Pacific Island Ecosystems at Risk (PIER)

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Neptunia plena
(L.) Benth., Fabaceae
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Present on Pacific Islands?  no

Primarily a threat at high elevations?  no

Risk assessment results:  Risk assessment from the Government of Queensland, Australia (PDF format)

Other Latin names:  Mimosa plena L.

Common name(s): [more details]

Chinese: jia han xiu cao

English: water dead and awake, water sensitive

Habit:  aquatic herb

Description:  "Water mimosa is an aquatic floating perennial herb that attaches to the bank at the waters edge and sends down a taproot. Stems grow out over the water and form a spongy, fibrous covering between the nodes. Fibrous (adventitious) roots grow from the nodes. The rooted land form has smaller leaves and flowers, and has no spongy floating tissue. Leaves are olive green and are arranged in opposite pairs along the stem. When disturbed or touched the leaflets close up. Water mimosa flowers are yellow, ball-shaped and grow from the base of the leaves" (Fact sheet on Neptunia oleracea and Neptunia plena from the Queensland Government).

Habitat/ecology:  "Water mimosa takes root on the banks of watercourses and grows out over the water surface, forming floating rafts. Within its native range, water mimosa is a common floating plant in freshwater pools, swamps and canals at low altitudes of up to 300 m. When water levels fall during the dry season, the plants often perish. The plants prefer slow-moving water 30-80 cm deep, full sun and hot, humid conditions. Shade, brackish water and saline soil adversely affect plant growth. Under favourable conditions, water mimosa grows out from the banks to form floating rafts of dense interwoven stems. These can be dislodged by water movement (especially during floods) and are soon replaced by more water mimosa. These floating rafts can: restrict water flow in creeks, channels and drains, impede recreational water sports and boating access, increase water loss through evapotranspiration, reduce water quality by preventing light penetration  and reducing oxygenation of water, create a favourable habitat for mosquitoes, reduce fish activity, cause the death of native, submerged water plants and fish and replace native wetland plants" (Fact sheet on Neptunia oleracea and Neptunia plena from the Queensland Government).

Propagation:  Seed and plant pieces carried by water (Fact sheet on Neptunia oleracea and Neptunia plena from the Queensland Government).

Native range:  Southern United States (Texas), Mexico, Central and South America (GRIN).

Presence:

Pacific Rim
Country/Terr./St. &
Island group
Location Cited status &
Cited as invasive &
Cited as cultivated &
Cited as aboriginal introduction?
Reference &
Comments
Australia
Australia (continental)
Queensland introduced
invasive
Queensland [Australia] Government (2009)
China
China
China (People's Republic of) introduced
ILDIS Co-ordinating Centre (2013)
Colombia
Colombia
Colombia (Republic of) native
ILDIS Co-ordinating Centre (2013)
Costa Rica
Costa Rica
Costa Rica (Republic of) native
U.S. Dept. Agr., Agr. Res. Serv. (2013)
Ecuador (Mainland)
Ecuador
Ecuador (Republic of) (continental) native
U.S. Dept. Agr., Agr. Res. Serv. (2013)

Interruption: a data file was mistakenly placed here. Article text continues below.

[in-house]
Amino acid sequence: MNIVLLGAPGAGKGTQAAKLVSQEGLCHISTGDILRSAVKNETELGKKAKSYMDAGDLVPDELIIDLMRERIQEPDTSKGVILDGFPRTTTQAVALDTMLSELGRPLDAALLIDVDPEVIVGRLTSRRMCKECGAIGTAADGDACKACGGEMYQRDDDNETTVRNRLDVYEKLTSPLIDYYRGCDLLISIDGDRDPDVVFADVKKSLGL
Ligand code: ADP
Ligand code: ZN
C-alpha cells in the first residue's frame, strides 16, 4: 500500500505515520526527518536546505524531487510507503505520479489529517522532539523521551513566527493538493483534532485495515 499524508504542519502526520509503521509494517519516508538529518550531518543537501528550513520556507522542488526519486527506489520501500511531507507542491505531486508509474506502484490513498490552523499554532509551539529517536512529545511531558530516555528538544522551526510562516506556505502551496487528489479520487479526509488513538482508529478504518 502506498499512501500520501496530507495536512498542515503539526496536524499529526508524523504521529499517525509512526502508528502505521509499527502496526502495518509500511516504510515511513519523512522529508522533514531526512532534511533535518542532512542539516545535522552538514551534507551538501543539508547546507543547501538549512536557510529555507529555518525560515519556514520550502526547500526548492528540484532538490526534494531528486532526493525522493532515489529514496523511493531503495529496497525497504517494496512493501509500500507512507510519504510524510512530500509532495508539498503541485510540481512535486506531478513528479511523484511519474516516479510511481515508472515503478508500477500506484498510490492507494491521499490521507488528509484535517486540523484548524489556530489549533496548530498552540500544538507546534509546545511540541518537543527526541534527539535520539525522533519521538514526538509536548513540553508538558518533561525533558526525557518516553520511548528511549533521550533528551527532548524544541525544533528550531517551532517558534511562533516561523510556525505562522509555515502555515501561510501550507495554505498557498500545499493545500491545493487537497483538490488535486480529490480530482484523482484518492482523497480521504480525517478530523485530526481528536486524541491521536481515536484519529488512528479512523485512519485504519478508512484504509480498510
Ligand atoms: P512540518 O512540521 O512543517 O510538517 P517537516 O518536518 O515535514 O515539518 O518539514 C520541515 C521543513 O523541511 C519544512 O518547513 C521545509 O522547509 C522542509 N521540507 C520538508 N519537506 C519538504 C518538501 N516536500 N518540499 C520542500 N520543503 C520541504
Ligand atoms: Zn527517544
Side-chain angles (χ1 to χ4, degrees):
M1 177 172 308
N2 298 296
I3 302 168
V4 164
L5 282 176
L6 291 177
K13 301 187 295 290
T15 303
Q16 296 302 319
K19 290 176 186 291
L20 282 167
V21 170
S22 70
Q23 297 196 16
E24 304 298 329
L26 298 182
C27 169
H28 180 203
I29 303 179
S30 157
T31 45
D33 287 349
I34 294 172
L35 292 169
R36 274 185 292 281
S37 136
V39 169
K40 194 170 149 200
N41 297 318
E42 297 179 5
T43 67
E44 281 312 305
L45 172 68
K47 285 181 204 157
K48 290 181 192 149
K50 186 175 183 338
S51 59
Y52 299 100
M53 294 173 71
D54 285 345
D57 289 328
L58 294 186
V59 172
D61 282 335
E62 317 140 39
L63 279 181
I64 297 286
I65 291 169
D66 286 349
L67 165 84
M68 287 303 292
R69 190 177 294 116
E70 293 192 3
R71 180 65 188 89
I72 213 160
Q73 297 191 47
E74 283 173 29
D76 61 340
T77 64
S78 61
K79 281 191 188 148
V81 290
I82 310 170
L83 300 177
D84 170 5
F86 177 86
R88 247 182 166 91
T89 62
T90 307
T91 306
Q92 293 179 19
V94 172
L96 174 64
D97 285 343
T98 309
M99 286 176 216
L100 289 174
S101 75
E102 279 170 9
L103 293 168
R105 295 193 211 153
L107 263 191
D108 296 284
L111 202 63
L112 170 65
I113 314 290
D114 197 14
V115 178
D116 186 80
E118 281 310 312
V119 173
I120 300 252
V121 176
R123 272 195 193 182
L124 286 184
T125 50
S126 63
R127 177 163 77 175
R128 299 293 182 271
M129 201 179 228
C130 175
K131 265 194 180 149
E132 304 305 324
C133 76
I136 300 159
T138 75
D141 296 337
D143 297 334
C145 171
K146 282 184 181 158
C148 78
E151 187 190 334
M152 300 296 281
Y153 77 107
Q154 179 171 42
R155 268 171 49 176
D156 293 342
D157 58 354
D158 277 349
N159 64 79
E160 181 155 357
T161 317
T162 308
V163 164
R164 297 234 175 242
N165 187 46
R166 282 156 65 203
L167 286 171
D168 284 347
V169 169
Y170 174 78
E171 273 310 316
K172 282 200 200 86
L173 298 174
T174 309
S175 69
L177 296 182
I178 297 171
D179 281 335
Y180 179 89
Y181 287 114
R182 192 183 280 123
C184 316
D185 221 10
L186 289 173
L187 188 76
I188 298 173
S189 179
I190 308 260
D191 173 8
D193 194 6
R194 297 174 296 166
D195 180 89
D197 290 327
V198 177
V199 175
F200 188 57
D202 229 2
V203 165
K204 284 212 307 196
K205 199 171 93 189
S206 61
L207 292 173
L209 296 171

El Salvador
El Salvador
El Salvador (Republic of) native
ILDIS Co-ordinating Centre (2013)
Guatemala
Guatemala
Guatemala (Republic of) native
ILDIS Co-ordinating Centre (2013)
Honduras
Honduras
Honduras (Republic of) native
U.S. Dept. Agr., Agr. Res. Serv. (2013)
Indonesia
Indonesia
Indonesia (Republic of) introduced
Space, James C./Waterhouse, Barbara M./Newfield, Melanie/Bull, Cate (2004)
Malaysia
Malaysia
Malaysia (country of) introduced
Space, James C./Waterhouse, Barbara M./Newfield, Melanie/Bull, Cate (2004)
Mexico
Mexico
Mexico (United Mexican States) native
U.S. Dept. Agr., Agr. Res. Serv. (2013)
Nicaragua
Nicaragua
Nicaragua (Republic of) native
U.S. Dept. Agr., Agr. Res. Serv. (2013)
Panama
Panama
Panama (Republic of) native
ILDIS Co-ordinating Centre (2013)
Perú
Perú
Perú (Republic of) native
U.S. Dept. Agr., Agr. Res. Serv. (2013)
Singapore
Singapore
Singapore (Republic of) introduced
Space, James C./Waterhouse, Barbara M./Newfield, Melanie/Bull, Cate (2004)
Singapore
Singapore
Singapore (Republic of) introduced
invasive
Chong, Kwek Yan/Tan, Hugh T. W./Corlett, Richard T. (2009) (p. 63)
Naturalised
Also reported from
Country/Terr./St. &
Island group
Location Cited status &
Cited as invasive &
Cited as cultivated &
Cited as aboriginal introduction?
Reference &
Comments
United States (continental except west coast)
United States (other states)
United States (other states) native
U.S. Dept. Agr., Agr. Res. Serv. (2013)
Texas

Control: 

Physical:  "There are no chemicals registered specifically for use against water mimosa. In most instances, the most appropriate method of control is to physically remove the infestation. This can be done by removing all plant matter from the infested water body and pulling plants out of the surrounding banks, ensuring removal of the attached root system. This should be repeated on a regular basis until regrowth ceases. All removed plant parts should then be disposed of in an appropriate waste facility or rubbish bin" (Fact sheet on Neptunia oleracea and Neptunia plena from the Queensland Government).


Need more info? Have questions? Comments? Information to contribute? Contact PIER! (pier@hear.org)

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This page was created on 31 AUG 2009 and was last updated on 16 MAY 2017.